The Union County Journal from Marysville, Ohio on September 23, 1921 · 2
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The Union County Journal from Marysville, Ohio · 2

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Marysville, Ohio
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Friday, September 23, 1921
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2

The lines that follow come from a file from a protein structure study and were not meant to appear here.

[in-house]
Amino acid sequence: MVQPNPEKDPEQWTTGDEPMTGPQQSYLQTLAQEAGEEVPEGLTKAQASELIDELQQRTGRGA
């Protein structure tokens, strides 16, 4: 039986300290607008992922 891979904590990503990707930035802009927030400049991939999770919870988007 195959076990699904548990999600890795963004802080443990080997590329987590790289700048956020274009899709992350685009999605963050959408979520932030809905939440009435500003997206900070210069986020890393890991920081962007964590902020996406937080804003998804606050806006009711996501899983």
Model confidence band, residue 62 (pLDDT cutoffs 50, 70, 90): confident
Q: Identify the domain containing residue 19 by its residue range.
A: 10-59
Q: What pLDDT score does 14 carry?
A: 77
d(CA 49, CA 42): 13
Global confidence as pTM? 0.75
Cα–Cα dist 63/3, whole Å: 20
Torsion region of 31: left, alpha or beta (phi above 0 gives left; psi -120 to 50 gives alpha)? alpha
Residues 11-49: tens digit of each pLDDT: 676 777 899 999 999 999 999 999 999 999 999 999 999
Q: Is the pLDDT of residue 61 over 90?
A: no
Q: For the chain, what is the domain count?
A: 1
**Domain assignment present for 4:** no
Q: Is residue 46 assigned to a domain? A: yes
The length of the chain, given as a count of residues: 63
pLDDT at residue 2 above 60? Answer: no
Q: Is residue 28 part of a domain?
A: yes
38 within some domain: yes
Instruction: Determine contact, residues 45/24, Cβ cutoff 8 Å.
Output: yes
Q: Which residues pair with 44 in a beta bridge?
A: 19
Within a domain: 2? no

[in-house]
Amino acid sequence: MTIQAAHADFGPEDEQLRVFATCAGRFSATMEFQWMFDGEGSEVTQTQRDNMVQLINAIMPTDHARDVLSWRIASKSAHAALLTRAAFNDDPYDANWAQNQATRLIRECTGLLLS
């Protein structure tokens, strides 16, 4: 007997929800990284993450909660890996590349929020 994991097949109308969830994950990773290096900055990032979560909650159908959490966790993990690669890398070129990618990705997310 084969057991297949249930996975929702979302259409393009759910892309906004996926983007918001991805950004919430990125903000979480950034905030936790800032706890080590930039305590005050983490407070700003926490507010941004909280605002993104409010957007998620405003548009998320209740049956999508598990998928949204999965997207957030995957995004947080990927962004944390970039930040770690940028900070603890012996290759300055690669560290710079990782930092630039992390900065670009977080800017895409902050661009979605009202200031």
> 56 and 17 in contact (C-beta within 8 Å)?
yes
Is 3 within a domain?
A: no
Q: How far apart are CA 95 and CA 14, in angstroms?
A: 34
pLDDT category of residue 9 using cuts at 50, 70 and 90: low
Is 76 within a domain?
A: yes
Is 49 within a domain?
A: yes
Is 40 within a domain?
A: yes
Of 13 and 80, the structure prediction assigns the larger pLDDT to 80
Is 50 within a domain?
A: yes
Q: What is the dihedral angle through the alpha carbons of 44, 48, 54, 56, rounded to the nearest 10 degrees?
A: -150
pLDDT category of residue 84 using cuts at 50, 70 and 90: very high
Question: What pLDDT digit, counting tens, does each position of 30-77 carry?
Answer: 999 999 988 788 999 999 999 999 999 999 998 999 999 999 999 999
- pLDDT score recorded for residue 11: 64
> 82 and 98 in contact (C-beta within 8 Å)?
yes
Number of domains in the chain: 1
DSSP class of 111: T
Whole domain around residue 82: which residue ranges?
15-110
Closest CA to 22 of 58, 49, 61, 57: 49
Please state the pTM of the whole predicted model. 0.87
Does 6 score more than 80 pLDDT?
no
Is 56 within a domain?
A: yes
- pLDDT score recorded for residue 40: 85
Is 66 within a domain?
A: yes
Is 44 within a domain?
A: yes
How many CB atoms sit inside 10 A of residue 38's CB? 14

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.. . ' .-t fAGI TWO THI UNION COUNTY JOURNAL, MARYSVILLE, O.,. SEPTEMBER 23, 1921 III OLD WELL JOHN BISHOP, IN ILL HEALTH, JUMPS IN WELL HID BEEN III FOR YEAR Ht Wes Successful Farmer and a Good Cltlaten Funeral Friday. The many friends of John Bishop, throughout the southern part of the county, were greatly shocked Wednesday to learn of bis death, while suffering with a serious nervous ailment His body was found Wednesday morning in an abandoned well on his farm, into which he had Jumped Tuesday evening while suffering with the malady. Tuesday, after dinner, be left the house to go to a corn field, to shock some corn. His wife saw him in the Held, for quite a while, but later In the afternoon he was missed and a . aearch was begun tor him. Wednesday morning a farm hand noticed some boards which bad been nailed over the top of the well had been removed, and looking in the well saw his cap '"floating on the water. By means of a fishing hook and lines, the body was found and brought to the surface and taken to the home in a truck. It is supposed the body had been In the well since Tuesday evening. There was about seven foet of water in the well, which, however, was rather a shallow will. He had been suffering for the past year with a nervous trouble. His head ached very severely at times. For three months last winter he took treatment in a sanitarium in Columbus, and returned to his home not much Improved in health. He went to his bed March 19, and remained in bed for three months. After that he seemed some better but at other times suffered very much with his head. .He was born forty-nine years ago and was a son of George Bishop and ..Lena Gase Bishop. Twenty-six years Ago he was united in marriage to Miss Barbara Weaver, a darghter of Mr. . and Mrs. Calvin Weaver. Tnejr were the parents of three children, Mrs. Chesteen Nelson of Milford Center, Harold Bishop, who operated the home farm, and Anno, who is deceased. The following brothers and sisters are living: Philip Bishop of Marysville; Emanuel Bish'op and George : Bishop, of Chuckery; Mrs. Adam Streng of Marysville, Mrs. George ; Blumenschein of the Waldo road and Mrs. Carrie Fogle of Marion. Miss Anna Bishop, who lives on the home farm on the Weaver road, is a half-sister. Three half-sisters and one half- MONEY to loan, 6 .interest, to be paid by the year. W. T. WOOD, Houston Block Marysville, 0. For House Wiring ft Electrical Work OF ALL KINDS, CALL W. B. CROTHERS, 732 LONDON AVE. Phone No. 197 Thrift Made Easy Perhaps at soma time in the past you have tried to have money, but ft proved a little difficult and you gave it up. ' 1,0 not, however, despair. There is an easy way. To start Thrift but three things are needed: 1 Aavlngs Account In this reliable Institution. 1 A determination to save so much every week or month. ; Careful management In little things. ' ' Those' who practice Thrift naturally save money; in tact It saves Itself J Tho Union MARYSVILLE, OHIO , Officers E. F. SOUTHARD, President J. C. ASMAN, Vice-President . FRED ASMAN, Cashier F. R. HOLYCROS8, Assistant Cashier T. L PATTON, Cashier Deposit Bank, Raymond t 't brother ars deceased, Mrs, Lena Troet-scbel; Benjamin Bishop, who died about two years ago; Mrs, Henry Rcbelderer, who lived near Chuckery, and Mrs, Barbara Klelber, who died eight years ago and whose husband, J. Edward Klelber, died September 10, this year Mr. Bishop resided on the farm formerly known as the Kimball farm, on the Milford Center and North Lewiaburg road. It la one of the best farms in the county and was modernly equipped In every way. Mr.rUlshop through his industry and attention to business bad accumulated considerable property and stood high.al a cltlsen and as a successful farmer. The funeral services were held Friday afternoon at 1:30 o'clock at the residence, conducted by Pev. A. W. Zell, pastor of Trinity Lutheran, church ot Marysville, of which church the deceased was a member. The body was placed in the community mausoleum in the cemetery at Milford Center. Morey & Creviston were In charge of the funeral arrangements. J o FOUNDED WEST MAN8FIELD. The name of Southard Is an old one in Logan county. Levi Southard conducted a saw mill in 1845 where the town of West Mansfield was laid out in 1848. The' town was named for Mr. Southard's son, Mansfield, then a baby. Bliss Danforth built the first house in town and James Wilgus (Wilgus Is also an old name) had the first shoe store in the village. A Logan county historian says the sons of James Wilgus are in business In West Mansfield on the corner where their father was located long -ago. Bellefontalne Examiner. o TO ATTEND MEETING. Dr. I. M. Roberts of Marysville has been appointed as a delegrate to the annual state society ot the Ohio Osteopathic society, to be held In Delaware, October 6 and 7. FINED FOR ASSAULT. E. E. Poling ot near Allen Center caused the arrest of D. A. Longnecker, also of Allen township, Thursday afternoon, charging assault Mr. Poling daty he had gone to Longnecker's house and after an argument, the latter had assaulted him. Constable Samuel Hensley made the arrest and brought Longnecker to Marysville, where he was taken before Mayor W. F. Brodrick. He pleaded guilty and was fined $15 and costs and was sentenced to thirty days In jail, the sentence being suspended during good behavior. The fine was paid and Longnecker was released. ASBURY Mr. and Mrs. Coe and grandchild and Mr. and Mrs. Bert Hamilton and Ed- i ward Shirk spent last Sunday at the Marsh. Mrs. Imo Kezerta had for Sunday guests Mr. and -Mrs. Ransome Pratt of Bellefontalne and Mr. and Mrs. Clayton Herd and child of Magnetic Springs. Mrs. Mary Mock and son John of Marion, George Burkepile and wife of Morrow county, -called on Mr. and Mrs. Milo Burkepile one day last week. Lou Crlder called on James O'Briant last Saturday afternoon. Mr. and Mrs. Jerome Allbaugh and son Ernest and grandson William Withrow, also Mrs. Ella Crlder and son Elmer attended the Albaugh-Kennon heunion held at Mr. and Mrs. James Dennis's at Ashley last Saturday. . . : a- Sunday school in the afternoon. Preaching, seices following. o LOSTr A gold wrist watch, gold linked bracelet; thought to be on Seventh and Ash street or vicinity. Finder will be rewarded. Return to 271 West Seventh street or phone 133. tf "I " ' .M. Can't some manufacturer give a straw hat a boomerang shape, so it will come back when It blows off T Greenville (S. C.) Piedmont Shark skin is so hard that after exposure to the air it can be pounded toa fine powder. Banking Co. I Directors GEO M. WILBER C d. WEBB CHAS. BRAUN E. A. HOLYCR08S E. F. SOUTHARD J. C. ASMAN F. J. ASMAN FOlJND AN3UNQ GOOD SFdST Many NtUbfee Have Been Devotees ef tpert Immortalised By -Ir liaak Wstti. , . When President Harding prepared himself for the responsibilities of his great office by spending a few weeks fishing In Florida he added one more to the long list of notables who have been devotees of that sport. It Is recorded that Noab was not -only agood boatman, but a skillful angler as well. Long before the flood, and far away In the mists of time, there Is a Babylonian legend that Bel us, son of Nlm-rod, discovered fishing. The first authentic record of angling appears when the Lord asks Job: "Can't thou taW out a fish with a hookf' The great Homer immortalises the art In the Hied' and "Odyssey," stating that godlike men. when pinched for dinner fished with crooked hooks,, and even dived for oysters. It wan Plato, the Greek philosopher, who once aa'd: "There Is nothing Jn angling that I noble., or daring, or requiring skill." Charlemagne, who dominated western Europe In the eighth century advised his subjects to take up the art of angling In order to be content "Because," said h. "I have never yet known nn angler who was melancholy." , . '. But the greatest fisherman and philosopher of modern times Is undoubtedly Sir Izaak Walton. In Ms "Cora-pleat Angler" he Indicates the progress of fishing, particularly on luring trout. ' He bad a different, colored fly for every month in the year. His books are a source of Information for all. and it has been said that In them a child may wade and the tallest giant swim. "Angling,", said Izaak, " Is like mathematics, In that it ran never be fully learned, at least not so fully hut that there will always be room for experiment b.v ome succeeding angler." Detroit News. . THAT'S THE STORY HE TELLS But It Certainly Was Unfortunate that the "Tonic" Should Explode When It Did. An Indiana manufacturer recently enjoyed a restful Sunday In the quiet of his own home, a steady downpour of rain giving every assurance of his not being disturbed. Early In the evening, however, be concluded a little walk would be beneficial, and remembering his wife having mentioned she was In need of another bottle of her favorite springtime remedy, he donned a raincoat and braved the elements. Pocketing his purchase, and homeward bound, he thought to have a look in on the evening service at the church of which he was a devoted and valued member. Standing In the rear of the church, as there was an unusually large congregation,' he became much interested In . the sermon, when to his horror there came a terrific bang, fob-lowed by a deluge ot foam' flying in every direction; all eyes were. turned hta way and the sermon temporarily discontinued while the erstwhile devout church member beat his hasty retreat amid the laughter of the entire congregation, having no opportunity to explain that he was carrying home a harmless bottle of "tonic" for his wife. Gold Found In Ireland. The recent discovery of gold In the streams- of County Westmeath, Ireland, calls attention to the fact that the ancient .tribesmen "of that count try must have been expert metallurgists. Although not noted as a gold producing country, Ireland Is one of the greatest storehouses of antiquities in the world. It is a literal mine of; personal ornaments, Implements, rings, torques and other Celtic an tiquitles. Eemble observed- that "wjth the sole exception of the museums of Scandinavia, there Is scarcely one European collection which shows anything like so great . a. wealth of personal ornaments made of the precious metal as Ireland." It Is almost certain that the gold ornaments found In such abundance were made from the precious metal found In Irish streams. Elevated Railroad far Cuba. " - Why anyone In Cuba wants an elV vated railroad thrusting Its steel propa through the palm fronds and making the tropic night hideous with shrieking and rumbling is a puzzle to an inhabitant of a northern city, but one thing it dear from an item In a Havana newspaper. Controversy has begun long before the first riveter has put the lustiest: tom-tom beaters of the island to shame. The question now under discussion is: Shall state, province and municipality share the expense ef construction with the traction company! Strikes, legislative Inquiries and franchise ' suits may follow. . - Ht Needed Help, "All kinds of communications are received in a newspaper office. Per instance, as aid subscriber asks as to tell him hew to get rid of a troublesome guest who came to stay a Taw days' and has bees there a month." . -, "We haven't time to answer a feol-lsb question like that Just pigeonhole it"; - - - "No, I'm going u answer it somehow. The writer states in a postscript that If we dont give him tome advice he's going to set fire to his house." Birmingham Age-Herald. Tendency. ' "Our best political life, whatever the fcewlera may say, is tending to-wsrd equality, beauty" and holiness," Yachel Lindsay,, 50gqofJ cigarettes !. for 10c from i one sack or GENUINE DURHAM TOBACCO We want you to have tha best paper for "BULL." So now you can reoeWa with aaoh package a book . of 84 leaves ef UlUrfc-the very finest cigarette paper in the world. I TO f, E FLEECED 8EVERAL FIRM8 IN MADISON COUNTY BEFORE COMING HERE. An alleged check worker is at large somewhere In this part of the state after securing two London victims who parted with a total of $80.80. Registering at the Neil hotel as Mr. and Mrs. H. K. Daugherty, a . well dressed couple adopted London as their home on Thursday of last week. The . man represented himself to be a salesman for the American Products Company of Charleston, West Virginia. He evidently felt the need ot some articles ot wearing apparel and pro. needed to pick out about S15 worth of the stock of a local merchant, offer ing a check for $37.43 made" out "to Harley B. Woodruff and signed1 by .Sylvester Marshall, Dist. Manager of the American Products Company, drawn on the Kanawah Valley Bank ot Charleston. He endorsed the heck as Harley B. Woodruff, explaining that it was a pay check. . The check looked good, being written on printed check form bearing the company name and made out by a protectograph. " The check was cashed and the man departed with his goods; and cash. Later he approached a tire dealer with another check for $43.37 on the same bank but made out. to Raymond J. Heber whom he represented himself to be. He took a tire and his .change and departed. - -On Friday, he and the lady checked out of the hotel paying their bill in cash. The lady now drops out of the story, her whereabouts , being unknown, but the man ot three names appeared at Lafayette where he engaged Mose Adams to drive him to Marysville. : ' Arriving there he was taken; to a hotel where all trace ot him has van ished. Nothing was thought of the matter until the two London dealers received notices on Thursday that the ctiecks cashed by them were refused payment by the Kanawah Valley Eank. "" -r Police in Marysville are looking for the man but so far no information concerning him has been received. Madison Press. . There's a chap we would like to meet. No, you can't guess whom. It's the anonymous genius who wrote the paragraph in ' the Ohio' State Journal: "Another thing that makes a : paragrapher's Important work In life simple and easy is that all he has to do is the best he possibly can all the time in the faint hope ot making a hit about once a year." Blessings on you, old son; across the waste of Latitude, ' Longitude, ' and Lack of Liquor, we greet you. New York Evening PosL , - . A stainless steel has been invented in England. RESOLUTION. II Be It Resolved tT the- Council of the Village of Marysville, Ohio, majority of all the membere elected thereto concurring-: Section 1. That the amount of taxes that may be railed by the levy of taxes at the maximum rate authorized by Sections 6648-i and 664S-J of the General Code 'on the taxable property In aid -village will be Insufficient for the needs of Bald village and tbat It 1 expedient and necessary that taxes be levied on the taxable property In aald village exempting from the limitation of Sections 6649-1, 5649-Ja and S64-6b of the General Code all subsequent levies for interest and sinking fund purposes for all bonds of said village Issued prior to January 20. 1820. Section i. That it fa expedient and necessary to levy taxes for the years 1621 to Hit for the payment of aatd bonds and interest; that the rate for the year 1921 be six mills on each dollar of the tax valuation of the taxable property within the village of Marysville, Ohio, In excess of the rate authorized by the said Sections 6649-2, &4-3a and fi48-6b of the General Code. Section t. That the Clerk be and he Is hereby directed to certify a copy of this resolution to the deputy state supervisors and Inspectors of elections of Union County, Ohio, In order that tha aid supervisors and Inspectors of elections may make arrangements for submitting the question of aald additional lew to the electors of the villa ire of Marysville, Ohio, as provided by law. Adopted September ?S. ion. W. V. JH-;OTmtCK, IJayor H. C. DOCLUXGEK, Cl rk. - fctp.. 23, SO CORN SEfff BV GBEAT SPIRIT Indians Have Their Own Leoend ef the First Production of the Nourishing Cereal. 1 It Is to the Imaginative OJibway that we are Indebted for a beautiful legend of the origin of corn, and, according to this legend, for corn Itself. Ambitious for the advancement ot his people, one of their leaders sought seclusion In the forest, and during a period of fasting and prayer appealed to the "Master ef,Ufe" for help-to check the destructive: wars among the nations. After seven days, Mon-damln, a messenger from the Great Spirit, appeared and for four days this leader wrestled with, olm and, defeating him, burled the body under the leafy mold where It fell. , Through the whispering, trees came the command from above to keep the Soil loose above the resting place of the conquered spirit, and 10 a short time spears ot greerv sprang up and with the autumn coloring came the ripening grain that was to be the food of the Indian forever. No longer was It necessary for them to depend for subsistence upon wild grains , and game the Great Spirit had supplied them with a wonderfully nourishing cereal, 'that mixed with dried meat sustained them In the arduous physi cal undertakings demanded by their primitive mode of living. Corn was the answer to the prayers for help in the advancement of the race. Mondamin Is still the "Friend of Man," but it appears to be sadly neglected by the present generation, possibly through ignorance of its nourishing qualities as a foodstuff and its cheapness. From the Corn Bulle tin. v- IMMENSE ARMY OF VOTERS Almost One-Half the' Population of the ' Country Has the Privilege' , , of the Ballot Approximately one-half ot the population of the United States Is of voting age, If findings announced by the census bureau for two states in which age statistics on the 1920 census returns havo been worked out indicate conditions In all others. In Arkansas Individuals' over 21 years of age constitute 49.9 per cent of the state's total population, and In Alabama they amount to 48.7 per cent , Thn bureau Is also finding more children In the country than in the cities, as far as the study has been completed. Children under 15 years In urban areas of Alabama constitute 29.8 of the total population there, while in rnral territory thry comprlsed.4ll.7 per cent of the total -Arkansas figures bore out the conclusion, giving 40.2 per cent of children In the country, and bnt 28.4 per cent in the cities. More than a third of the country's total population in 1920, and nearly 70 per cent of the urban dwellers 87, 770,114 persons, to be exact lived In the 289 cities of 25,000 Inhabitants or more. . Big Redwood Falls. '. A giant has fallen. The Lafayette, the tallest tree in the Calaveras grove, 300 feet high, with a diameter of SO feet ' at T its- base, has yielded to the wind, and lies "on the ground: This tree, was one of the: sequoias, those towering redwoods of California. Edwin Markham has described "them thus: They are the Titans of our forests yes. the Titans of the forests-of the world. The seqtfolas are the oldest living things on the globe; the' survivors' of a widespread family or race of trees which flourished back In ' the Miocene era, before the age of ice. But they all perished In the glaplal age, except a, few in the sheltered canyon in the southern belt of California. The Calaveras , grove In the north is the one 'whose story has run most widely on the Hps of the world." John M.ulr estimated the aga of a certain sequoia In the King's River . forest at 4,000 years. This tree had been burned down; These monarch of the woods should be carefully guarded, from commercial raids as well as otherwise. ' . Nickels In Phone Pay Statlena. Twenty million dollars in nickels were dropped In the slots of psy station telephones throughout the United States during the- first. ten months of 1820, according to an estimate by A. E. Berry, president of the Chesapeake Ohio Telephone company. This, Mr. Berry said, was an Increase of 12,700.-000 aver the corresponding period of the year before. To Illustrate graphically the 120.000,000 ' expenditure he explained that the nickels, if placed edge to edge, would form a Una from New York city to San Francisco and then extend 1,000 miles Into the Pacific ocean. Method liLleemlng Madness. Seven-year-old Jlmmle came to school very early in March wearing straw hat It was se noticeable that the children teased Aim. but. still he wort it The principal herself was amused. "I guess you're helping the season rush along," she laughed to him. . ,'-'.:'; "No, ma'am," he returned solemnly. Tm helping myself. A straw h.t f. lighter and easier to Bp to the. teach ers man a wool ene." - , Friendly Advice. '-"He is my abject slave." "Are you going to marry hlnir "les." "Don't expect Lira to to a buEUod on teat casts." Loulm-ilia CoiirW. i Jouraiil. i SAVIuG OOuEY Does Not Mean That You Must Ba Miserly or Stingy. The difference between what yoa want and what you need Is aj ways an amount that you may-save. In due time At compound Interest It will amount to enough -' To gratify your wants, as well as .... to supply your needs. . We seek your business, be it large) , or small. The Buckeye 8tate Building e v Loan Co, Rankin Bldg, 2? West Gay 8t, Columbua, O. - Sep. 2D, 23 , o ' 80MERSVILLE James Davis and family spent Sun day with Charles Davis and family. Ned Mulcahy of Custer was a visitor at the Mulcahy home this week. Casper Brooks has moved into Mrs. Gibson's home. . - . The funeral of Bernice McAllister, who died at a Bellefontalne hospital, was held Wednesday afternoon at York. ' - ! 7 ". : ANOTHER KABER. TRIAL. Cleveland, Sept. 22. Moses Kaber was the principal witness today In tha trial ot Salvatore Cala, charged with the murder of Kaber's son, Dan Kaber, Lakewood publisher. It was expected that the state will show that Cala eiiner neia naner wmie ne was stabbed or did the actual stabbing, '-' 1 , - ; . 0 ' . More than 1,000,000 patients pass through New York hospitals every day. Soico Quality Will Determine Je Success of vour Pickles and Preserves- Let us .supply the spices and you .will be sure of satisfactory results. Pure spices are so much stronger, go so much' farther and are so much more delicate and appetizing that they are worth double the inferior quality which are sold at low prices. - '. The BEST Is always the ' CHEAPEST. Wolg'amot's Drug Store MARYSVILLE, O. PHONE 199 xkty-. Brand Style and Service You want Btyle, of course, but you want service, too. If you don't get both, you're not getting your money's worth. CI famous tor their style are made of all-wool fabrics that assure tnonths of good, long service. e int Leading Clothier- A V' I 1 V